My husband Jonathan forwarded this blog to me earlier this week. I was surprised and honored. I shouldn’t have been because Jonathan meets a lot of interesting people in his work for Sedgwick. And Rachel. Well, Rachel hooks a lot of people. Robert Wilson is President and CEO of WorkersCompensation.com. He is an industry professional with an extensive background in human resources and business management. Considering the high rate of unemployment among individuals with intellectual disabilities, I think this is a win in many ways! I wanted to share with my readers Mr. Wilson’s take on a small piece of Rachel’s life. It is evident to me that he “gets it.” This is a great honor for us, Rachel, the Sporting KC Victory Project and every parent of a person with Down syndrome! Thank you, Bob Wilson!
I received the video embedded below a few weeks ago, just before I was leaving on vacation. I have not had the opportunity to post it until now. It is the uplifting story of the Sporting KC Victory Project. Sporting KC is the Kansas City Professional Soccer team, and the Victory Project is an outreach program that helps children facing health and disability challenges. I encourage you to take just a few minutes out of your busy day to watch this video.
You will see this particular episode features 14-year-old Rachel Mast, and follows her through several days of VIP treatment with the team, both at practices and during a game. Rachel has Down syndrome, and is the daughter of Jonathan and Jawanda Mast of Olathe, KS. Some of you may know Jonathan from his role as Director of Social Media for Sedgwick.
Programs such as this are extremely important for both the people touched by them and the local communities in which they live. They give the opportunity to both improve lives through financial assistance, or in Rachel’s case, to give a young girl facing unique challenges a special memory that will last a lifetime. Still, as cool as the Sporting KC Victory Project is, it pales in comparison to the other program Rachel was in that day; in fact, one she is in every day of her life.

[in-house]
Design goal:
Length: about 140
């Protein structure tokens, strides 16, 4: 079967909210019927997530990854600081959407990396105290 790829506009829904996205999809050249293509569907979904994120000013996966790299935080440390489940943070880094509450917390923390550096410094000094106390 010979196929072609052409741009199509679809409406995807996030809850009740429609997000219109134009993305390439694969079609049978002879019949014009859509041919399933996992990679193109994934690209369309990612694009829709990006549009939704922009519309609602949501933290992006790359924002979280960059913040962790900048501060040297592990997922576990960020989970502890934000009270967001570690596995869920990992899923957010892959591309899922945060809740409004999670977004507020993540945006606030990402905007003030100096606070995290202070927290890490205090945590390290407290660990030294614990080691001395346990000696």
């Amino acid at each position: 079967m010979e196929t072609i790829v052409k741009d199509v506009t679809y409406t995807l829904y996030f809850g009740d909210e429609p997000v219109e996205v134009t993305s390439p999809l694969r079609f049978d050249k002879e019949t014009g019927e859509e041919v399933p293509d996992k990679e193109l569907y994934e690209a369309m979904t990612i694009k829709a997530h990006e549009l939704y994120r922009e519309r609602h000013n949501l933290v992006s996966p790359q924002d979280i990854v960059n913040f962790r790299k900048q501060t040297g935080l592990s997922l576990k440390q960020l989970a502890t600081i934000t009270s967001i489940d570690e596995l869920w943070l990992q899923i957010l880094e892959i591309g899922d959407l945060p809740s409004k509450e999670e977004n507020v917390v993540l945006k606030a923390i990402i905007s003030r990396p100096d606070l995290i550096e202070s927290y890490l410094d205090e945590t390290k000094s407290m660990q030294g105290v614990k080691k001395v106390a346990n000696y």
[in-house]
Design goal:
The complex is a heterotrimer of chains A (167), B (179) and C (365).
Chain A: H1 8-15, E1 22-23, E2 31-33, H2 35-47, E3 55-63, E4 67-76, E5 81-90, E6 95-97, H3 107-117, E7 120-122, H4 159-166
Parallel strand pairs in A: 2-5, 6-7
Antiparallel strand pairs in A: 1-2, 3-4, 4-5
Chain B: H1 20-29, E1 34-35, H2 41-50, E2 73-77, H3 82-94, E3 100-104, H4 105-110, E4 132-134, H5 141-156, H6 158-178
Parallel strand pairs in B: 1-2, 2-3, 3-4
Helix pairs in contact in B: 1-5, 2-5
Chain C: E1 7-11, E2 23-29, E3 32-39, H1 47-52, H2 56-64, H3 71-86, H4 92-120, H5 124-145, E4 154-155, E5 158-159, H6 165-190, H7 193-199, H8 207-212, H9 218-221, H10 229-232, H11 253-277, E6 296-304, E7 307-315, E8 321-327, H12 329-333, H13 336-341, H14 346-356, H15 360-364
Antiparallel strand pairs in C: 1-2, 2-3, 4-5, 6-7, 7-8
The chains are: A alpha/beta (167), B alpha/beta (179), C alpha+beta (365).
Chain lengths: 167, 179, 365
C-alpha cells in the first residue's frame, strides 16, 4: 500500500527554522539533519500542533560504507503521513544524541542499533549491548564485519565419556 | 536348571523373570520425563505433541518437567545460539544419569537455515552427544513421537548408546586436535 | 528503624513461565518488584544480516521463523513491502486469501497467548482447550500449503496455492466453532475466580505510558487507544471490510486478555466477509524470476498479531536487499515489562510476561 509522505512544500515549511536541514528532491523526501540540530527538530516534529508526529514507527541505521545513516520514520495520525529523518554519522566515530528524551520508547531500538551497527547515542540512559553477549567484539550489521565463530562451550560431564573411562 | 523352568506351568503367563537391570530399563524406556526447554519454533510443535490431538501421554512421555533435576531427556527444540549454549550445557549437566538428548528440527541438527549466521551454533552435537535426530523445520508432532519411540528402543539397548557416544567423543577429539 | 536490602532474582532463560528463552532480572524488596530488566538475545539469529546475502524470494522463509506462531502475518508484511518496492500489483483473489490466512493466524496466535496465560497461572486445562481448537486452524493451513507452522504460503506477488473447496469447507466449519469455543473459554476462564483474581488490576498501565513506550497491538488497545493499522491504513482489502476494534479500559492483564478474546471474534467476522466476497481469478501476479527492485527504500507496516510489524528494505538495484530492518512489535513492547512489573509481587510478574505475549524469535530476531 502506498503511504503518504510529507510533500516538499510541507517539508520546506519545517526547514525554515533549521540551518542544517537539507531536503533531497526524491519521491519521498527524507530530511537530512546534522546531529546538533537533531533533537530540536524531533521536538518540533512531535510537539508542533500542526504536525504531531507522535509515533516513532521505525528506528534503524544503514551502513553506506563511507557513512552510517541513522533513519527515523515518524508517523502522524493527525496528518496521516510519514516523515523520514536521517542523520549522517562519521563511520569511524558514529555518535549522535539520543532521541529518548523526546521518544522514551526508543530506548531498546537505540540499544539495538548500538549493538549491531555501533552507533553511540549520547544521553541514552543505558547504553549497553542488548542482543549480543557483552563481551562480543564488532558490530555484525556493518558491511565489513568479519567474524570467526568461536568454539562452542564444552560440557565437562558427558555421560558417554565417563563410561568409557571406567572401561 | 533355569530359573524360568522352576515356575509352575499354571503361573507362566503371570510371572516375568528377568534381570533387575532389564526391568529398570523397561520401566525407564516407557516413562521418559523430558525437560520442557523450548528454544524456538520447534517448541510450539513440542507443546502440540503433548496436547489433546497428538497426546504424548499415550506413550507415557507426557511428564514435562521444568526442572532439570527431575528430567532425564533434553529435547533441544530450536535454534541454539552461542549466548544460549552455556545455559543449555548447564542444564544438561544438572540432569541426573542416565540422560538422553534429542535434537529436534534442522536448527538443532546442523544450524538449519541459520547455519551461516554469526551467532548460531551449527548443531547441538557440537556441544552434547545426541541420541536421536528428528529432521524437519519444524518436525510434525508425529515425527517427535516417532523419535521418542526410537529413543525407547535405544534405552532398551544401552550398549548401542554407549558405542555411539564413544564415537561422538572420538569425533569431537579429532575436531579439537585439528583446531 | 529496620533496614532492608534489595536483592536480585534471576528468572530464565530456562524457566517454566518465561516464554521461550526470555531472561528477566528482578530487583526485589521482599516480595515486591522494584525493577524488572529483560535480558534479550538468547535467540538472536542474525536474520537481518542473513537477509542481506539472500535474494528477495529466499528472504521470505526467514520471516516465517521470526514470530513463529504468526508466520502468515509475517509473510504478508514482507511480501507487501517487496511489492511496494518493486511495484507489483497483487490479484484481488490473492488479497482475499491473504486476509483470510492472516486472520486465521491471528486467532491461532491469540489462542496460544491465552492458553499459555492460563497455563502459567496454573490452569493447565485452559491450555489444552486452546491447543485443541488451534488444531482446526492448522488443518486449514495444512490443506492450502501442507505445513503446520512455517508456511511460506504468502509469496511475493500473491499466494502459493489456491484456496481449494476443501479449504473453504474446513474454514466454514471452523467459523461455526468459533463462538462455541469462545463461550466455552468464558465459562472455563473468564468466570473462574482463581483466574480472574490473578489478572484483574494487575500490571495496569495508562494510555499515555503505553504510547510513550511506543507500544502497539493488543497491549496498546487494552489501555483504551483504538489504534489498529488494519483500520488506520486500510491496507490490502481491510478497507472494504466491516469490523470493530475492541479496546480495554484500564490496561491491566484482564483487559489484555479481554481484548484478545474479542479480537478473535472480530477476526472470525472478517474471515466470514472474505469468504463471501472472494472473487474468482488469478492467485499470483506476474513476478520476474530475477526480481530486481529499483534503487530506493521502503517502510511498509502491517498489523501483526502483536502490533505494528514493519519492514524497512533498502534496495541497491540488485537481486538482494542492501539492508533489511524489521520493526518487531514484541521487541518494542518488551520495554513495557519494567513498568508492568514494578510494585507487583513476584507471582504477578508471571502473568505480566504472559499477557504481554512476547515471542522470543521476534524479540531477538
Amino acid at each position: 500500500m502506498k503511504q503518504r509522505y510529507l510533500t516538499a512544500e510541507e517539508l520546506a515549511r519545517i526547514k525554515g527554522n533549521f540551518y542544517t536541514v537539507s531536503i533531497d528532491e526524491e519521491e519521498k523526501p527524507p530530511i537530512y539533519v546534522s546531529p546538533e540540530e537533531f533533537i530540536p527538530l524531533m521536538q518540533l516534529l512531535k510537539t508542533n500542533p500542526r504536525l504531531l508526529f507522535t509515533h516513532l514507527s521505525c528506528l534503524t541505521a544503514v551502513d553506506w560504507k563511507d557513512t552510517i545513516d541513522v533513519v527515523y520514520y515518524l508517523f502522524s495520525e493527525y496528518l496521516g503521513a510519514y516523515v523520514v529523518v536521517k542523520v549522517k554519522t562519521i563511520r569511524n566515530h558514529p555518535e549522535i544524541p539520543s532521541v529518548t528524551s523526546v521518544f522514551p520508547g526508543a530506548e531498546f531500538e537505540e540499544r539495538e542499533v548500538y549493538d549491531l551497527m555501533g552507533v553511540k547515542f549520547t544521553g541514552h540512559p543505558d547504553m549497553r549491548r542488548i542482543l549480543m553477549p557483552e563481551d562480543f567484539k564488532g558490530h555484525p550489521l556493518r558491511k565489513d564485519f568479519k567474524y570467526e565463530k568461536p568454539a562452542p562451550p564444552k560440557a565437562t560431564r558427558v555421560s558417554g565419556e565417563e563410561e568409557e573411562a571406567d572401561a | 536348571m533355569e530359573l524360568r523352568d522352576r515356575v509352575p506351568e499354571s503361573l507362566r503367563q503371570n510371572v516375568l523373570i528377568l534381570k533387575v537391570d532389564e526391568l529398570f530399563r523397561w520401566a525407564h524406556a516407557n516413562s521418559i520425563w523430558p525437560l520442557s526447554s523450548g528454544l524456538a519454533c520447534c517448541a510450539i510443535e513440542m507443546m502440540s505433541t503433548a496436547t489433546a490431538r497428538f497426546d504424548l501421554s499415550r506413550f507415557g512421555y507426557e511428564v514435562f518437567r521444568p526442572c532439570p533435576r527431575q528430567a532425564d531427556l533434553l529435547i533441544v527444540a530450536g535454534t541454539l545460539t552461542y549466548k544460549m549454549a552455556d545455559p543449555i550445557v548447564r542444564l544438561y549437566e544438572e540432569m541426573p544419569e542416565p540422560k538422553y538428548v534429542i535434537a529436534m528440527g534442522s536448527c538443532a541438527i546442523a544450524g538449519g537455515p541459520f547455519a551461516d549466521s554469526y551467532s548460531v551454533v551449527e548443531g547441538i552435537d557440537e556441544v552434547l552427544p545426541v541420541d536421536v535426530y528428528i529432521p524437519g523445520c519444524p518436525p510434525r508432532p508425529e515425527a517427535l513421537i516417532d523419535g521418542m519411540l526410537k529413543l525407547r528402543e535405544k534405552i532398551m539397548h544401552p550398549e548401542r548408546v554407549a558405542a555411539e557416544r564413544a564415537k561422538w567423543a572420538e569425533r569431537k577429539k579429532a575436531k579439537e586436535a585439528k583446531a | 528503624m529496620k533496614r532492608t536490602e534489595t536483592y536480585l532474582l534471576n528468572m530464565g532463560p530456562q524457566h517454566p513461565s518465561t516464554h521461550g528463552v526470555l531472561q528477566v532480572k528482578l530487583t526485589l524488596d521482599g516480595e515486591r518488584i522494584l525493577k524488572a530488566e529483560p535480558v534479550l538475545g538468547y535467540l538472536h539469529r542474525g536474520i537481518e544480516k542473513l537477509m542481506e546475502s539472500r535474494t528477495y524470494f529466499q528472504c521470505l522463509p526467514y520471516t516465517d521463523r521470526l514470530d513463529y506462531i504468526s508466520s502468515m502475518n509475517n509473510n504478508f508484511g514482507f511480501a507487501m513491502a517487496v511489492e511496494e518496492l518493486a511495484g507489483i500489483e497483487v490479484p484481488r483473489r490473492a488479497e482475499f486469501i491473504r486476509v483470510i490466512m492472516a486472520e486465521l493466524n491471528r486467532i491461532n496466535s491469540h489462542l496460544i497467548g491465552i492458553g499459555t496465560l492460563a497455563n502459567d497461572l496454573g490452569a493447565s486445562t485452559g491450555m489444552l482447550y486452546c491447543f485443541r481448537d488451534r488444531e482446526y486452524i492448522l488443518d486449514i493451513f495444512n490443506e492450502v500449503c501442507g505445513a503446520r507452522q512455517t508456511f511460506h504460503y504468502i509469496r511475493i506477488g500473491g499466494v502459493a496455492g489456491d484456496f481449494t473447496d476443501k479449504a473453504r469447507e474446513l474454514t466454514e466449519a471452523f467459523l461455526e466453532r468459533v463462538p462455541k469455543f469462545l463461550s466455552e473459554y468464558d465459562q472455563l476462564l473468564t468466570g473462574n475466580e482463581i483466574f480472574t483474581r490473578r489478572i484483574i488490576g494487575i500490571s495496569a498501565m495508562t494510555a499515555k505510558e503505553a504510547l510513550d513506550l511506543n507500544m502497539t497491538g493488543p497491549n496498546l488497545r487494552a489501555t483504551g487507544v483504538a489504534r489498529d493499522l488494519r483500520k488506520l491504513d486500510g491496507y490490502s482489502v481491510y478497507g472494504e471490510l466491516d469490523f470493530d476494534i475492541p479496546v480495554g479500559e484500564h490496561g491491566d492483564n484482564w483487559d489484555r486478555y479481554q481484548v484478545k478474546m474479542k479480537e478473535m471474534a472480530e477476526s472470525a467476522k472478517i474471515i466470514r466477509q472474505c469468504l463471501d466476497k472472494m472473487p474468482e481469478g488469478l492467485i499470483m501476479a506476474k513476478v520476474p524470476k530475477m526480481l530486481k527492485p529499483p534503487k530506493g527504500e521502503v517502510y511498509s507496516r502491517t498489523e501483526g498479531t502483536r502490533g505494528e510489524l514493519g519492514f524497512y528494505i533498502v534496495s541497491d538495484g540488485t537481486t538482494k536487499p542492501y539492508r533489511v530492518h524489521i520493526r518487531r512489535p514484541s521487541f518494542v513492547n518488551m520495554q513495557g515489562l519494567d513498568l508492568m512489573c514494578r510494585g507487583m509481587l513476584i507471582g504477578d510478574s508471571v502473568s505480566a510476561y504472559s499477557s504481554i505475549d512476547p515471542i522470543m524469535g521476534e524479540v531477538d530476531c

That program, administered by a loving and determined mother and father, is dedicated to making sure life gives this young girl every opportunity she can handle. It is designed to make sure the world does not see her as a disabled child in need of accommodation, but rather as a capable young woman who strives to succeed in spite of her impairment.
I had the good fortune earlier this year to chat with Jonathan about his daughter. He and his wife have committed themselves to mainstreaming Rachel in each possible facet of life, and to make sure she has every educational and social opportunity she deserves. It is not always easy. Schools seem compelled to sideline students like Rachel, classifying them under the banner of Special Education; thereby negating any real possibility of true educational development. They have fought that trend and kept her in the mainstream, with very positive results.
Socially they also struggle, as Rachel’s mother Jawanda passionately details in her blog, The Sassy Southern Gal, dedicated to Rachel and the challenges of Down syndrome. Although this life presents obstacles that other families do not face, they continue to press to open doors and educate others, freeing their daughter from the shackles of a condition that others would consider disabling.
And that is the key. Loving parents and an amazing support network that can make the difference between a life of disability and a life well lived. And it is happening right here, in our own back yard, at the Mast house (where Rachel turned 15 last week).
That is why, as impressive as the Sporting KC Victory Project is, it was only the second coolest program of the day. The other concurrent program with determined and caring parents had already performed the heavy lifting, and laid the foundation to make young Rachel a victor. Now that is a pretty cool program, indeed.